Our weekly roundup of tax-related investment strategies and news your clients may be thinking about.

Death and taxes: What better legacy than tax-free wealth

Buying life insurance coverage is a tax-efficient strategy in estate planning, according to Bloomberg. Clients get life insurance policies to give their beneficiaries money to cover hefty estate taxes, not to replace lost income. Proceeds from the policy for the beneficiaries are not taxable as income or included in the decedent’s estate if the policyholder had not taken any ownership control over the policy. -- Bloomberg

Why clients might consider making after-tax contributions to their 401(k)

401(k) participants are allowed to make a dollar-for-dollar contribution if they prefer after-tax contributions to profit-sharing contribution, according to Forbes. The yearly dollar-for-dollar contribution could reach $53,000, compared with a $38,000 maximum annual contribution if they opt for profit-sharing. Using the after-tax contribution strategy, clients could defer $15,000 more, with the contributions not subject to salary deferral limits that apply to other contributions. -- Forbes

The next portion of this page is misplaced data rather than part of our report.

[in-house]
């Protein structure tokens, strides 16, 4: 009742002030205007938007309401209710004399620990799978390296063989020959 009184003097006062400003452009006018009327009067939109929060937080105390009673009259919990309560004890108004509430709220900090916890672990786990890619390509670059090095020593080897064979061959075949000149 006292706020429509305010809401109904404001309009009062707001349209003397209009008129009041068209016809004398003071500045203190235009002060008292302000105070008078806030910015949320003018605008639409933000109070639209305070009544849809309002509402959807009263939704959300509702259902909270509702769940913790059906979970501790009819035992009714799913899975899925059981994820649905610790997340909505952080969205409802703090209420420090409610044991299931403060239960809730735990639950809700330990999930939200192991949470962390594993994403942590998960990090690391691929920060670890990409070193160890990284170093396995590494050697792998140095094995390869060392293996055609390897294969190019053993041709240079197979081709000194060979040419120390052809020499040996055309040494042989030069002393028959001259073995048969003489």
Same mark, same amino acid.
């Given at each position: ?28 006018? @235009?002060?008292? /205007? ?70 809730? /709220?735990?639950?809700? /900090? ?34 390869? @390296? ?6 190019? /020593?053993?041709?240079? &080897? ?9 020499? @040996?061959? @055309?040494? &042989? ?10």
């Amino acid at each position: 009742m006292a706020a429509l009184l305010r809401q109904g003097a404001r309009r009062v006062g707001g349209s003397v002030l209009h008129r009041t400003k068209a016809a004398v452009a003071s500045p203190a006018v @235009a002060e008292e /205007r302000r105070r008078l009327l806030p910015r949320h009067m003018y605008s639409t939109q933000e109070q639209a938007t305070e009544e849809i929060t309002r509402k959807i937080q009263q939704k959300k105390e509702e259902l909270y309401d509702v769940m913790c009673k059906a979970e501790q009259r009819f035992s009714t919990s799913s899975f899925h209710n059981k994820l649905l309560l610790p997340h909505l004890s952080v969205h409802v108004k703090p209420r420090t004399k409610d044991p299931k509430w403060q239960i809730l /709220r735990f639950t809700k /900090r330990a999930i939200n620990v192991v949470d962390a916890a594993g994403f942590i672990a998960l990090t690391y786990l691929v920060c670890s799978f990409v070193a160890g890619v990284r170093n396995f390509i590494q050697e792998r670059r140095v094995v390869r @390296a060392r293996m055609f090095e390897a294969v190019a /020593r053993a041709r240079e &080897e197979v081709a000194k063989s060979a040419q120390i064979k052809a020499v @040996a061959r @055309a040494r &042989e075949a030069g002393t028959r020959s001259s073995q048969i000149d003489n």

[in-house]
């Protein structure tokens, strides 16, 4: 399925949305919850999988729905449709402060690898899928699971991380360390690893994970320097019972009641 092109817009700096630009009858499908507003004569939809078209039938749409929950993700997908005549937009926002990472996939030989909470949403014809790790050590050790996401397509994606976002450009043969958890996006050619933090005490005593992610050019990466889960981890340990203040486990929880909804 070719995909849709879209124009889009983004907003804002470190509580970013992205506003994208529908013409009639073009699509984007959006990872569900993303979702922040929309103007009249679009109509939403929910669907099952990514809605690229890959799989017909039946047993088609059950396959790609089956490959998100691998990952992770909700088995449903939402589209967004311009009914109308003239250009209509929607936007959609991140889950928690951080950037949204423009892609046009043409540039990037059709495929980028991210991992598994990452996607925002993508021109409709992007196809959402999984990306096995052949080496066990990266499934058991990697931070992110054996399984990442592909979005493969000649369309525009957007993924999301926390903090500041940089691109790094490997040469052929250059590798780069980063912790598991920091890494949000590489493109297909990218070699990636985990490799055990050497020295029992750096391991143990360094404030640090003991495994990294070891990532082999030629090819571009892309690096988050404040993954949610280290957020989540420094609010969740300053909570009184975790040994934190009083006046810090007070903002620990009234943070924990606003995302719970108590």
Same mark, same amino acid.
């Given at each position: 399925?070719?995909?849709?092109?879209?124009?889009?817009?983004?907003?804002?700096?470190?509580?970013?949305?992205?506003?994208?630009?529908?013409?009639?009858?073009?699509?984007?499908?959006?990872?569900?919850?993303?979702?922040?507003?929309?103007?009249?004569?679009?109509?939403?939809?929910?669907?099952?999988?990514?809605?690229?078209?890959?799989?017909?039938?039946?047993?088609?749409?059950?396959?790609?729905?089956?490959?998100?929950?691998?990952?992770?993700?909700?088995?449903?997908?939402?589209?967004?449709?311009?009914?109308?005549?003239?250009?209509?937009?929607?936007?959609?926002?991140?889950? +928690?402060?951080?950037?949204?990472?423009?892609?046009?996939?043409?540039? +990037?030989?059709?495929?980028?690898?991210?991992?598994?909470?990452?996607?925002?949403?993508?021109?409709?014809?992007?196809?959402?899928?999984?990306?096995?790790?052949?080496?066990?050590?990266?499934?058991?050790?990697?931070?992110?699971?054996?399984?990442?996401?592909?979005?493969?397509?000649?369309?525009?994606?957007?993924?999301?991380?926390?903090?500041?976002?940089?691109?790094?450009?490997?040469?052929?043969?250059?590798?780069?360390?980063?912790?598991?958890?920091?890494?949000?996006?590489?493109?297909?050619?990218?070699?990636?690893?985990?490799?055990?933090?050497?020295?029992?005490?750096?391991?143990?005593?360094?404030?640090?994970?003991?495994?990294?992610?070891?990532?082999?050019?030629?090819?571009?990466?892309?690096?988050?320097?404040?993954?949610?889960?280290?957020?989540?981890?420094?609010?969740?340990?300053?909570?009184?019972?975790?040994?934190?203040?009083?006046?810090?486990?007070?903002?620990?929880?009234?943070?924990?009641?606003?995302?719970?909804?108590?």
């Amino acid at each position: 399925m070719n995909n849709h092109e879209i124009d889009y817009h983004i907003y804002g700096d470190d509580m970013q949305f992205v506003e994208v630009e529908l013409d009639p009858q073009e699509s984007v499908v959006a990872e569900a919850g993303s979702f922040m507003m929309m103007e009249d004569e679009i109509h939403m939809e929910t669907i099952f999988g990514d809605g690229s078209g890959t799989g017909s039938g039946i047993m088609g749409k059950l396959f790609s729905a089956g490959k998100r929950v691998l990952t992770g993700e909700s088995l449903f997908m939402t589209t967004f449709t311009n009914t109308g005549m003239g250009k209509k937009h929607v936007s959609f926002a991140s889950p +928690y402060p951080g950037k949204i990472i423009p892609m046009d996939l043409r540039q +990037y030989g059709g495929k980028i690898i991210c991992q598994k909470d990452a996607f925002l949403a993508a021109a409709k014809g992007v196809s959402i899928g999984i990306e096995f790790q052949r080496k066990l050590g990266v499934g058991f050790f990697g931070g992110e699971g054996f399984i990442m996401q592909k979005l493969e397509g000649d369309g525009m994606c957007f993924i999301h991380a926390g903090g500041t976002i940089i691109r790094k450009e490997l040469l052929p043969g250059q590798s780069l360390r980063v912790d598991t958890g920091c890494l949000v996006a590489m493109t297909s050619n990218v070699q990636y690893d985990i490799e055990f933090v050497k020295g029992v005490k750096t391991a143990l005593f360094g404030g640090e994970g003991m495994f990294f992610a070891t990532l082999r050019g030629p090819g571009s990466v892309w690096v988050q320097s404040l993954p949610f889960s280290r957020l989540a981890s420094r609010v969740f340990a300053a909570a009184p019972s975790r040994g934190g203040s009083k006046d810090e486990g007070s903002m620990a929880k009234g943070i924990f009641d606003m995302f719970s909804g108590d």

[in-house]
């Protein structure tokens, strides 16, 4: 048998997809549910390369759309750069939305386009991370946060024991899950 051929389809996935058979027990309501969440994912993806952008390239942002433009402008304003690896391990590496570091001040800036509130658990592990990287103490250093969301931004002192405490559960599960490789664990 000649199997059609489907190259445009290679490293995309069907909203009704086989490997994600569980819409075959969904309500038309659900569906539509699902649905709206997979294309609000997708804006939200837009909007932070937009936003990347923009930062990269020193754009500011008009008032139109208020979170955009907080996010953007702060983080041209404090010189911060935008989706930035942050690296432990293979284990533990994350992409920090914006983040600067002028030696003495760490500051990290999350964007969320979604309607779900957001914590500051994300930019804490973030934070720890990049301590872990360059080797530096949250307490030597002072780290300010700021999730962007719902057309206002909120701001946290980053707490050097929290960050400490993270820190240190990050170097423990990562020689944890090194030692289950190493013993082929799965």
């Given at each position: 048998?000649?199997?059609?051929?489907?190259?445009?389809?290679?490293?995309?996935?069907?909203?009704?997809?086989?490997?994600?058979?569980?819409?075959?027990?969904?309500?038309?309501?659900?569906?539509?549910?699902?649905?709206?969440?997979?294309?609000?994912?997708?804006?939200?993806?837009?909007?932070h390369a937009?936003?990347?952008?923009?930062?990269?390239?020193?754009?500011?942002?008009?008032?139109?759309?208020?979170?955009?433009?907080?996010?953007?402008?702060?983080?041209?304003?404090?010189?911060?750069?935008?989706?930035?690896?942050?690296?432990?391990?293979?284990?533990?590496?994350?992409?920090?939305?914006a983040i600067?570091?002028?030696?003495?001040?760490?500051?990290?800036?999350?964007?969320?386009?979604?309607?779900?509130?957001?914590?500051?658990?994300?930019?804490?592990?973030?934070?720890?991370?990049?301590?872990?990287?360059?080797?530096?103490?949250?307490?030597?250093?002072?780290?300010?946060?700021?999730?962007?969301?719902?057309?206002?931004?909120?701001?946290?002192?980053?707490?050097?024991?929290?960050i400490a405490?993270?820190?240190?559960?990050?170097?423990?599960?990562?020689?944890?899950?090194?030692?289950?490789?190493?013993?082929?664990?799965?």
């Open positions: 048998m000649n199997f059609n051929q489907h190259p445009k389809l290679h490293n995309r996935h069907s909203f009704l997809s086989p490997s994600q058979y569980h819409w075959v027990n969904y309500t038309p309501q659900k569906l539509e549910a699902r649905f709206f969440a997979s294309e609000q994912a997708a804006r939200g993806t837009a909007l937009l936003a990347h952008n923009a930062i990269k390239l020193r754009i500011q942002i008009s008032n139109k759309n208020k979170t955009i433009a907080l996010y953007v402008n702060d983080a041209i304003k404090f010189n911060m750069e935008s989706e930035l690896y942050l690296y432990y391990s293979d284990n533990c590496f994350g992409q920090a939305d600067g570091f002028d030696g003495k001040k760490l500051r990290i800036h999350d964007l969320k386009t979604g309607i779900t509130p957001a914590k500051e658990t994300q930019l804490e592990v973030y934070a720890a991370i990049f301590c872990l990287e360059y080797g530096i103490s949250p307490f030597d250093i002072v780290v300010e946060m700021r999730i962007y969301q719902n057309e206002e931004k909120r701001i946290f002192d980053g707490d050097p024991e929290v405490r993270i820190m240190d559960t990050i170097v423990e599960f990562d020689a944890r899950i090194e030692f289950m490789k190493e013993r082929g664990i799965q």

How same-sex marriage affects taxes, Social Security benefits

After the Supreme Court upheld the constitutionality of same-sex marriage, gay couples will save on costs for preparing their tax returns because they will be allowed to file jointly on both the federal and state levels, according to Kiplinger. However, they may face the marriage penalty that could boost their tax bill, and won't be eligible to contribute to a Roth IRA or claim tax deductions on traditional IRA contributions because of their combined income. Same-sex couples who intend to marry by year's end can avoid paying tax penalties by adjusting their withholding. -- Kiplinger

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